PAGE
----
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Social Care Policy Briefing Series

Despite numerous attempts by successive governments to reform the system, social care remains in crisis and under constant pressure – both financially and in terms of demand. With the government due to publish its long-awaited green paper this year, the actuarial profession has an essential role to play in offering a unique perspective on potential long-term funding solutions.

What you will get from this briefing series

Across the five briefings, which will be published over the course of the next few months, you will gain:

•  An insight into the demographic, financial and societal challenges contributing to the growing pressures on the social care system;

•  An analysis of the social care means test and recommendations for how it could be made fairer;

•  An overview of various funding options, including the IFoA “all inclusive” care cap. 

•  An assessment of existing financial products and solutions that enable self-funders to meet the cost of care;

•  A synopsis of how other countries address the challenge of later life care. 

Download the briefing


This briefing series brings together the work the IFoA has undertaken to help inform the debate in preparation for, and during, the green paper process. This initial briefing considers the problems facing the government. Further briefings will follow over the coming months: on how means-testing could be made fairer, on potential funding solutions (including the IFoA’s proposal for an ‘all-inclusive’ cap), the use of financial products, and how we can learn from other countries facing similar challenges.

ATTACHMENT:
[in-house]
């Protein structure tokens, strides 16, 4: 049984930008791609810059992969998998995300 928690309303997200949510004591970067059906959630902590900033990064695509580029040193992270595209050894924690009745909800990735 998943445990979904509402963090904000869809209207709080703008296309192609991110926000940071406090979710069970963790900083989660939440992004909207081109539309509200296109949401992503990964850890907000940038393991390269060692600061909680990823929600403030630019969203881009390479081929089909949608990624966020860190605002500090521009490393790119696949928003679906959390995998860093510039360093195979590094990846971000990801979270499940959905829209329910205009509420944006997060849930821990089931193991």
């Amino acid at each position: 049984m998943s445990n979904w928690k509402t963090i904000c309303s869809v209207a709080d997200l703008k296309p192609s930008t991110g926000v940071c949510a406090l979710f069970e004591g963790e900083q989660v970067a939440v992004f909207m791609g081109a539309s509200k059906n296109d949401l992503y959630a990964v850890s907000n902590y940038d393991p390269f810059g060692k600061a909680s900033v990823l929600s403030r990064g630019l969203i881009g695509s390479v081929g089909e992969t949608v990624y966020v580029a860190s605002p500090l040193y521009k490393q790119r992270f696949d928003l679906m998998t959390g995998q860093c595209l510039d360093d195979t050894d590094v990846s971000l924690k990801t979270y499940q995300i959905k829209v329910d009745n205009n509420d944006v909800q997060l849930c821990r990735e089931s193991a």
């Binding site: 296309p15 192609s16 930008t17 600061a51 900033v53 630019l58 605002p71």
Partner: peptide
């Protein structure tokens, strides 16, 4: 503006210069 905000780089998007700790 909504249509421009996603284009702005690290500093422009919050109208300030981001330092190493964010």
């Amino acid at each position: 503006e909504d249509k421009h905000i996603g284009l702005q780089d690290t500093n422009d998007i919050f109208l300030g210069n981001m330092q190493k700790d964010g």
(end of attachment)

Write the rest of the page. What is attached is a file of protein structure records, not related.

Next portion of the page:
The IFoA recommends that the government should consider the following principles as it looks to reform the social care system:

  • Efforts should be made to improve the public’s understanding of the risks and costs associated with social care (as well as the solutions) and to clearly outline who is responsible for meeting any potential needs, ie the state or the individual.
  • Given the diverse needs and circumstances of those requiring care, the government should consider multiple funding solutions. These might include one (or more) solution(s) for those already in retirement or with care needs, and one (or more) for the working population with potential future care needs.
  • A combination of approaches will avoid exacerbating issues around intergenerational fairness. We would caution the government against asking younger generations to bear a disproportionate amount of the costs of supporting future older generations, particularly given the projected shrinking tax base over the coming decades.
  • The government should consider how it can help remove any existing barriers associated with the use of insurance and savings-based products and solutions, particularly for those who are able to self-fund, as well as how older people could effectively and efficiently use the wealth they may have accumulated through property and pension assets.
  • As proposed under the Care Act 2014, the means test should be implemented as soon as possible to reduce the disincentives to save for those with lower levels of assets.

Contact Details

For further information, please contact the Policy Team at